The walls are covered with icons, and most of the icons are illuminated by votive candles. And throughout the church, there are stands with metal candle holders – imagine upside down thimbles - where worshippers place lighted candles as a sign of devotion. I remember the churches as dark places, and, writing this I’m wondering how that can be with all the candles. When we had to go to church, I liked to put out the candles that had burned down low before they could make a waxy mess inside the holders.

There are no pews in a Russian Orthodox Church. You stand. There are a few chairs off in the corners for sick or elderly parishioners, but most people stand throughout the services which last a couple of hours. The Russian Orthodox religion is not for the faint of heart or weak of leg.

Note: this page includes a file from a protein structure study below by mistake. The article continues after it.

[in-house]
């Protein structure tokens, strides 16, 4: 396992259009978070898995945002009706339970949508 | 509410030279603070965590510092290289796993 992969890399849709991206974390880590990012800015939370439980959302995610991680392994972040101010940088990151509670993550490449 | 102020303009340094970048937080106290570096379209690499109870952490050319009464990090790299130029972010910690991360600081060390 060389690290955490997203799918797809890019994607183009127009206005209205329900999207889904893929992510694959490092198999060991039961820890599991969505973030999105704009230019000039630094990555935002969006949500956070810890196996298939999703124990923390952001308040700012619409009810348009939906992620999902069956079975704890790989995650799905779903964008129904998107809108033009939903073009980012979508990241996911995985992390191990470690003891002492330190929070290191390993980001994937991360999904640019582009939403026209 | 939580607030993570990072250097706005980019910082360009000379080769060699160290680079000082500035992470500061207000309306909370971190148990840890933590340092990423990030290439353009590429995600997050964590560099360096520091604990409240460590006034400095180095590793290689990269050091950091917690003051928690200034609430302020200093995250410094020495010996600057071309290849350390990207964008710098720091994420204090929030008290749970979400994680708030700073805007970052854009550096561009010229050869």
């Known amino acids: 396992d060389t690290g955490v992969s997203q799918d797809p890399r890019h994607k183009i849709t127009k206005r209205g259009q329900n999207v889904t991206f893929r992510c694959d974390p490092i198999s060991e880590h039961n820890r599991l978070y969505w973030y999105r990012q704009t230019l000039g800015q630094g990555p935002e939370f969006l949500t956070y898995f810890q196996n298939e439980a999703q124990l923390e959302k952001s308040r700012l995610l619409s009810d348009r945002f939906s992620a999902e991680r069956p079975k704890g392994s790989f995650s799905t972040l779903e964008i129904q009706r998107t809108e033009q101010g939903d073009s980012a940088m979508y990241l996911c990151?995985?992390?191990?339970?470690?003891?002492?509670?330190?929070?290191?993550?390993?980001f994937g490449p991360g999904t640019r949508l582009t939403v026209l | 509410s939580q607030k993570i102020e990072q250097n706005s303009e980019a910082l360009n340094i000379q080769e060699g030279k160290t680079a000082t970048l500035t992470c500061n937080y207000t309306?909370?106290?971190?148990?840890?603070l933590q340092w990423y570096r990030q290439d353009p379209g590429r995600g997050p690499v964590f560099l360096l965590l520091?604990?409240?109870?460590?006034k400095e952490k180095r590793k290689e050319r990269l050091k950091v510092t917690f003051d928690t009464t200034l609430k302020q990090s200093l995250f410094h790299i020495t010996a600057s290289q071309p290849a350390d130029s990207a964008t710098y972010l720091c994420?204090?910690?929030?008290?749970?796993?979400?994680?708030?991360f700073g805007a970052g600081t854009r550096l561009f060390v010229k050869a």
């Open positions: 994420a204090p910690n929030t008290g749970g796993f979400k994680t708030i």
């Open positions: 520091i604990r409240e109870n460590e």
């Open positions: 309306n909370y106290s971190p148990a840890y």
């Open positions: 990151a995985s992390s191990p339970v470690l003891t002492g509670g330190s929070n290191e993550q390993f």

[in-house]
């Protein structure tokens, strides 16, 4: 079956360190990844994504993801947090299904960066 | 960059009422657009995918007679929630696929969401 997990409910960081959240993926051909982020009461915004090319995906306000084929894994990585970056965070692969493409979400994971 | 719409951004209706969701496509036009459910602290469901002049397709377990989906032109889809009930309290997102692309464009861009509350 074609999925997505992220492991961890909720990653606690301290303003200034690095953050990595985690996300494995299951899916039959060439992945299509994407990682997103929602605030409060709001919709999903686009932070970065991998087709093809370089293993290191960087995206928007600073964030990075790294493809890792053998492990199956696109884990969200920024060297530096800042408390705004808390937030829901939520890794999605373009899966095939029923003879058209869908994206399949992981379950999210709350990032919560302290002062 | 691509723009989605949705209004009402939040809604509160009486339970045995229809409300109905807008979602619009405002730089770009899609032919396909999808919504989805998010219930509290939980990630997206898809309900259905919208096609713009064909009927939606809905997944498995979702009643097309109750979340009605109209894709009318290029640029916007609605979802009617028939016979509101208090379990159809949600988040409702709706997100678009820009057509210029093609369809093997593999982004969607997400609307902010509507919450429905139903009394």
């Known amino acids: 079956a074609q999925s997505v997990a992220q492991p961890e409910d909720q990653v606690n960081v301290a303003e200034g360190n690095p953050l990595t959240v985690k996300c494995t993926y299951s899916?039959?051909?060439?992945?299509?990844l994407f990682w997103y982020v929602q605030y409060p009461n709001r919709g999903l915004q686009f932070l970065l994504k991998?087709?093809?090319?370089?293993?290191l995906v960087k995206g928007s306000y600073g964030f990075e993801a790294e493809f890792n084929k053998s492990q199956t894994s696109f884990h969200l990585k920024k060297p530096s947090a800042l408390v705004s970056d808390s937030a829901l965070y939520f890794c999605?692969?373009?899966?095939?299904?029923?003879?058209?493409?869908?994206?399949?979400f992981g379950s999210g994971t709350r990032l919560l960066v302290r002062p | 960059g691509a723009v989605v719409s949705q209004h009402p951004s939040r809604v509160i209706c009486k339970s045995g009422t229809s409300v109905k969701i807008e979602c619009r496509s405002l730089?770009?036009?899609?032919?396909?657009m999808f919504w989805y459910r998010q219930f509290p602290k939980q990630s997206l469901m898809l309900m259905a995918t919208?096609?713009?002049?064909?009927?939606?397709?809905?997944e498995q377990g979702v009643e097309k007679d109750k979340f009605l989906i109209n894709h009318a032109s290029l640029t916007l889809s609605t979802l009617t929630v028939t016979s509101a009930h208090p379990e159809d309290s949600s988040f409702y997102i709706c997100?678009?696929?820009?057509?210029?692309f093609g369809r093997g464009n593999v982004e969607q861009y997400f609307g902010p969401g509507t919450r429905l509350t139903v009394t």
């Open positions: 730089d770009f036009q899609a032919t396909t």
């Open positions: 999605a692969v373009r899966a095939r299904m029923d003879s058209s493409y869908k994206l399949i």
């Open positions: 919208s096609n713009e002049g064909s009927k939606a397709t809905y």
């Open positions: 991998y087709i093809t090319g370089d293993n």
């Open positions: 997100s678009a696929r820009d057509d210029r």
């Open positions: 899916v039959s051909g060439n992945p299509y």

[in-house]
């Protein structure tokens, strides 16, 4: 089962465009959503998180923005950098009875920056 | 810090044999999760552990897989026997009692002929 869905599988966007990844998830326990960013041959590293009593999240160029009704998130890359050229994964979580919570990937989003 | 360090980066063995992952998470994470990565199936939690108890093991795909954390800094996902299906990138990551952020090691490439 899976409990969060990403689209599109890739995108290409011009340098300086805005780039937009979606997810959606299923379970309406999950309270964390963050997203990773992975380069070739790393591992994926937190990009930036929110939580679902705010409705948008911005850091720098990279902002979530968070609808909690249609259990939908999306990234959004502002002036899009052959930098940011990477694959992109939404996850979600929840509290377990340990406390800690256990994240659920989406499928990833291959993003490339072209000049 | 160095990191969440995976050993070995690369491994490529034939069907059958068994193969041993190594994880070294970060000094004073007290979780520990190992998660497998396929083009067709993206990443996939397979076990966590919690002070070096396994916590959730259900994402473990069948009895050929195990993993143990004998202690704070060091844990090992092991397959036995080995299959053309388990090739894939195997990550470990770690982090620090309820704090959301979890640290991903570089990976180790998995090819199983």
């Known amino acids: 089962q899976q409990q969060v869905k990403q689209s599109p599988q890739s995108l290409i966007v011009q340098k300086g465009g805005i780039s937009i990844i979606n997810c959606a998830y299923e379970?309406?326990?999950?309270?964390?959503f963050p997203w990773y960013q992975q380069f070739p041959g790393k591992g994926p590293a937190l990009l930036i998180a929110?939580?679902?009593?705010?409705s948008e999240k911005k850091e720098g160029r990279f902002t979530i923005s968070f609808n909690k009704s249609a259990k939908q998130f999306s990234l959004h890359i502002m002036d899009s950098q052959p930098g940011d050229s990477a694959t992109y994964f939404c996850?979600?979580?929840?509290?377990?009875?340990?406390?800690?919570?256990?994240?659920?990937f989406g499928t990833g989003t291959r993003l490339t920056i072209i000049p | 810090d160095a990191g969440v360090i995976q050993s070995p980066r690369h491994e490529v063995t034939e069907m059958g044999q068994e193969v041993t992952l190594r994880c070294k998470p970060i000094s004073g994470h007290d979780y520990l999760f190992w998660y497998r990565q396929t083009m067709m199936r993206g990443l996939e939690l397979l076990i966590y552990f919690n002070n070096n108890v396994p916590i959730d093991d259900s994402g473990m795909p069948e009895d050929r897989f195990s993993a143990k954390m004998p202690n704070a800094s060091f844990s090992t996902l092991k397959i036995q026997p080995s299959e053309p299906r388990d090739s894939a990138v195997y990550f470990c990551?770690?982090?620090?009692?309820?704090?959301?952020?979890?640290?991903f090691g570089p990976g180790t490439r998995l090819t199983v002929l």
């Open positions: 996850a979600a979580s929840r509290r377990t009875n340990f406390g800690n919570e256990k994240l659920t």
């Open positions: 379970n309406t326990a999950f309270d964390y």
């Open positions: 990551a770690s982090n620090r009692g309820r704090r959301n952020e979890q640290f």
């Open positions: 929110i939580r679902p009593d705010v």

We didn’t go to church all that often, and when we did, it was usually to Vesper services, which start at six p.m. and are considerably shorter than Sunday morning services. We’d each hold a lighted candle throughout the service, and the candle would be stuck through a flower-shaped piece of cardboard to catch the dripping wax. I liked to play with the melted wax, catching the drips with a finger nail and pushing them back up into the flame.

The litany was in Slavonic back then, and it was close enough to Russian that I could understand bits and pieces but not everything that was going on. There was a lot of repetition in the service. Prayers were chanted by the priest, and the singing had a lot of monotone in it. It had the feel of a Taize service.